I actually kind of enjoyed today.  One, you can get a lot done quickly (and orderly) when you are not open for business.  Secondly, it reminded me of when we first started out at the store.  We probably had a total staff of ten to twelve people, so all of us had to pitch in on every task at the store.  We were not making any money, but we were a very close-knit group.  Now our business is more successful, and we have between fifty and sixty people on staff, but I don’t get to work as closely with all of them as I once did.  I miss that aspect.

As I mentioned earlier, we did receive a truck, so tomorrow we will start out with fuller shelves.  We actually even got SOME paper products in.  We will continue to keep limits on certain items in the store like paper products, so please be aware of this.  We are in good shape in the meat department, as well as the deli and bakery.  The produce department remains spotty, but we do have a good supply of the basics.

Our next truck is due tomorrow morning, so I am going to predict that it will show up around Saturday night, which means we will probably be in the store our next day off (Sunday) to put it on the shelves.  I think I may try to trick the grocery gods and take tomorrow or Friday off?

Thanks for your patience, kindness, and understanding throughout this ordeal.  I and we really appreciate it!

I will do my best to keep you updated, and thanks for letting us be a part of your community!

Tom Butler

Hurry Up and Wait!

Good afternoon from Butler & Bailey Market.

I guess our new motto around here is going to be “hurry up and wait”.  Last week’s motto was “we are going to do the best we can”.  That has actually been our motto for the last thirty years, but frustrations are high around here, so I have been vocalizing it a lot more the last couple of weeks.  Probably more for my benefit than anyone else’s.

My old partner here, George Bailey, had a saying for just about any occasion.  Most of them probably originated in the farming community of Mascot.  They usually included a farm animal, barbed wire, fence posts, tractors, and hay so they never made much sense to us here in Rocky Hill, but at least it gave you something to think about the rest of the day.  I have tried to carry on the tradition since he has been gone, but mine are more mainstream, so not quite as thought provoking or impactful.  Most of the time they just backfire on me.  Several times over the last couple of weeks, when I get frustrated at someone or something, a staff member will tell me, Tom, we are just going to do the best we can.  I can always count on them to hold me accountable.

I hope everyone’s social distancing is going okay.  I followed my own advice and went fishing, mowed the yard, and cooked dinner yesterday on my day off.  The fish seemed to have gotten the message about distancing because they were not biting for me.  It could be I spent so much time in between casts on the phone yesterday talking to suppliers, trying to procure product and schedule deliveries for today that my focus wasn’t up to par.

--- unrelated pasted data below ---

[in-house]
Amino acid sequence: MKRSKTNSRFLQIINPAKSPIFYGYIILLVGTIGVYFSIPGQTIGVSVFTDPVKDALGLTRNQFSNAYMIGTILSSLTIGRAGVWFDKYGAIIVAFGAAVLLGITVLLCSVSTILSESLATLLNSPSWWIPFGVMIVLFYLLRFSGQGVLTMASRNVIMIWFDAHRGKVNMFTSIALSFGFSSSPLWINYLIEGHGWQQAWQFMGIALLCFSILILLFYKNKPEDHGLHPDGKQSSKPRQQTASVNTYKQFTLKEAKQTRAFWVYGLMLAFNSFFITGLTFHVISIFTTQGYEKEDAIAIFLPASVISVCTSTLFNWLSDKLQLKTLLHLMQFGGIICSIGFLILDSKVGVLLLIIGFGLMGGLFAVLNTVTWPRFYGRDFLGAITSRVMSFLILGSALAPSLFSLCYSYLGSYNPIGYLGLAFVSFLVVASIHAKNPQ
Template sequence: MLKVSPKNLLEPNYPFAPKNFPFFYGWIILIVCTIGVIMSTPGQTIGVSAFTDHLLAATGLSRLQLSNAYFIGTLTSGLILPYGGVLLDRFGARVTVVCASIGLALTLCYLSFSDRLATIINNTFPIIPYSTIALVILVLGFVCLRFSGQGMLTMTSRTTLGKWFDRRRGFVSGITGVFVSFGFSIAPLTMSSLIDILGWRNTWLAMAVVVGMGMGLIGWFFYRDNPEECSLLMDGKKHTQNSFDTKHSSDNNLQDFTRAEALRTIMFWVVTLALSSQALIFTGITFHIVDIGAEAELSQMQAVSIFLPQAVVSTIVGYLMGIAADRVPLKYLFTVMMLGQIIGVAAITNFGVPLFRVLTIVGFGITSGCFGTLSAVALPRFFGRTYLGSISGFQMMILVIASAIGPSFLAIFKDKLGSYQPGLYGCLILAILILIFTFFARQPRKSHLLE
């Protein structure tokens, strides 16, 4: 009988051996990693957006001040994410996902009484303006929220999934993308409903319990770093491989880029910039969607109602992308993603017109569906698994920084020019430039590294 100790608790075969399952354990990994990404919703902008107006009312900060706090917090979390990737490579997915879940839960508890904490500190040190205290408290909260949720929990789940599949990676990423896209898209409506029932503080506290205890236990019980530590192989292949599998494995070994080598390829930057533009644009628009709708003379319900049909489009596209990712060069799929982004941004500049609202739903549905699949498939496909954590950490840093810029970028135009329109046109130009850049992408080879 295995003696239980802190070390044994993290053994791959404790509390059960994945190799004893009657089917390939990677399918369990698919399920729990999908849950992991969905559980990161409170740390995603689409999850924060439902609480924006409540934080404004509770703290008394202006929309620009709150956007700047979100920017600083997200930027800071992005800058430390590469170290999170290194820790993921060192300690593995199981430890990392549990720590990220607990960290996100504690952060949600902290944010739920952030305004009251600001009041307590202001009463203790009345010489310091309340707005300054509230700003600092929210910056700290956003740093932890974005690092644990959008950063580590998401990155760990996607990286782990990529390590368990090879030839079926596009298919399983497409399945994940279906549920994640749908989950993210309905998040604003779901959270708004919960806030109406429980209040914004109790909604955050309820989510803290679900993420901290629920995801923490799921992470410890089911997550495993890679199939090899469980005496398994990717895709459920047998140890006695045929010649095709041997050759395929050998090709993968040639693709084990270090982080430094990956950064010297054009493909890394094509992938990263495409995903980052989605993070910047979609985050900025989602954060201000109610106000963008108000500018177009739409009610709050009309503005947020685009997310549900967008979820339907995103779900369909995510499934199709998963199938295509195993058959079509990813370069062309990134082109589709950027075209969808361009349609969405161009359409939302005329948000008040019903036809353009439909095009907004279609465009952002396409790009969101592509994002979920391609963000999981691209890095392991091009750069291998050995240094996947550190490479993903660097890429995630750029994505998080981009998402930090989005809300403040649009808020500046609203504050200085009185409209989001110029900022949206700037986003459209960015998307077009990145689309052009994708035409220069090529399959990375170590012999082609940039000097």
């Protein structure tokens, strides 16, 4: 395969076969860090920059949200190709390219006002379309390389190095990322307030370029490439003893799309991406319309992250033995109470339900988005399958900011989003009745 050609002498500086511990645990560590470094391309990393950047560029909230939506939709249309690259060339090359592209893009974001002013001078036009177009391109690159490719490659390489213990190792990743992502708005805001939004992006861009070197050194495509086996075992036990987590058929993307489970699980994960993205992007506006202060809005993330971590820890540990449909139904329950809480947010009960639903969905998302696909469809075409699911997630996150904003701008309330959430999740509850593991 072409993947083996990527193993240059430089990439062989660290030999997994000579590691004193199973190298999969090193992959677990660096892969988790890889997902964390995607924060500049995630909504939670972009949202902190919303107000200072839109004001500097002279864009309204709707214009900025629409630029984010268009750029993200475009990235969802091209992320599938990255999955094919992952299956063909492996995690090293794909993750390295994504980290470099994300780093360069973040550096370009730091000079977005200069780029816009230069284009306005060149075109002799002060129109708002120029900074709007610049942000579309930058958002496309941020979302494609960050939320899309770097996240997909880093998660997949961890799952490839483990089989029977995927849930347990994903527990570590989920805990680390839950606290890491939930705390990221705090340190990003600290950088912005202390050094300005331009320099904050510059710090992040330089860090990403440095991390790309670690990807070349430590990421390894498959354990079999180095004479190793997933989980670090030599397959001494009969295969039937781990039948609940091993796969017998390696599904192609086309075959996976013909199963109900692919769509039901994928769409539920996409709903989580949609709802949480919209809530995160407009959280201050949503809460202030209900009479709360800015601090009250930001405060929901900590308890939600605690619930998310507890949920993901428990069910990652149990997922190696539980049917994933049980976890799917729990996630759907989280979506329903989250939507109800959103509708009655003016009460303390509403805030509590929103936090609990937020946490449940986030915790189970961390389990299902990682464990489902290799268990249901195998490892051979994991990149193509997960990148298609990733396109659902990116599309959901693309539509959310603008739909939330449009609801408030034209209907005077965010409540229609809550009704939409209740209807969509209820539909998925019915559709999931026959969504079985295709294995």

Besides all of our deliveries being delayed by hours, if not days, I had a great start to my day today thanks to some of you.  When I went to unlock the door to open the store, a crowd of your smiling faces was waiting outside.  In unison, you all said, “Good Morning, Tom”.  Where else can you receive such a warm reception in these trying times?  Rocky Hill is a special place!

On to store business.  We will continue to keep our abbreviated hours this week.  They are 9 am until 7 pm every day, except the two days we are closed, which are Wednesdays and Sundays.  Tuesday and Saturday mornings from 8am until 9am are reserved for the elderly and high risk to shop.  Please be respectful of our desire to provide an environment for these folks needing to stay away from larger crowds.

One of our busiest times during the day has become first thing in the morning, so it may benefit you to wait an hour or two before you shop.  I know you feel like our inventories are probably better first thing in the morning, but actually things are running so far behind most of our trucks are coming later in the day, so you may have better luck finding what you need in the afternoon hours.

Another thing I want to address is the well-being of our staff.  While we are blessed to have strong business in these trying economic times, the other side of that is we are all being exposed to thousands of people on a weekly basis, which puts our risk level higher than most; the medical profession being the highest.  In light of this, I have told my staff that if they want to wear masks, gloves, or any other protective clothing, I am glad for them to do that.  Many of you are doing the same thing when you are shopping here, but I didn’t want to raise any alarms if any of our staff chose to do this.  The safety of everyone is our number one priority, so thank you for your understanding on this.

In my last writing, I told you supply lines seemed to be adjusting to this new normal, and I continue to believe this.  While trucks are running behind, they are still running, and we are still receiving an ample amount of product.  Will we be out of things on certain days? Sure, but we will probably receive it the next day, so I don’t think it is necessary to stock up for more than a few days at a time.  I will let you know if anything changes on this.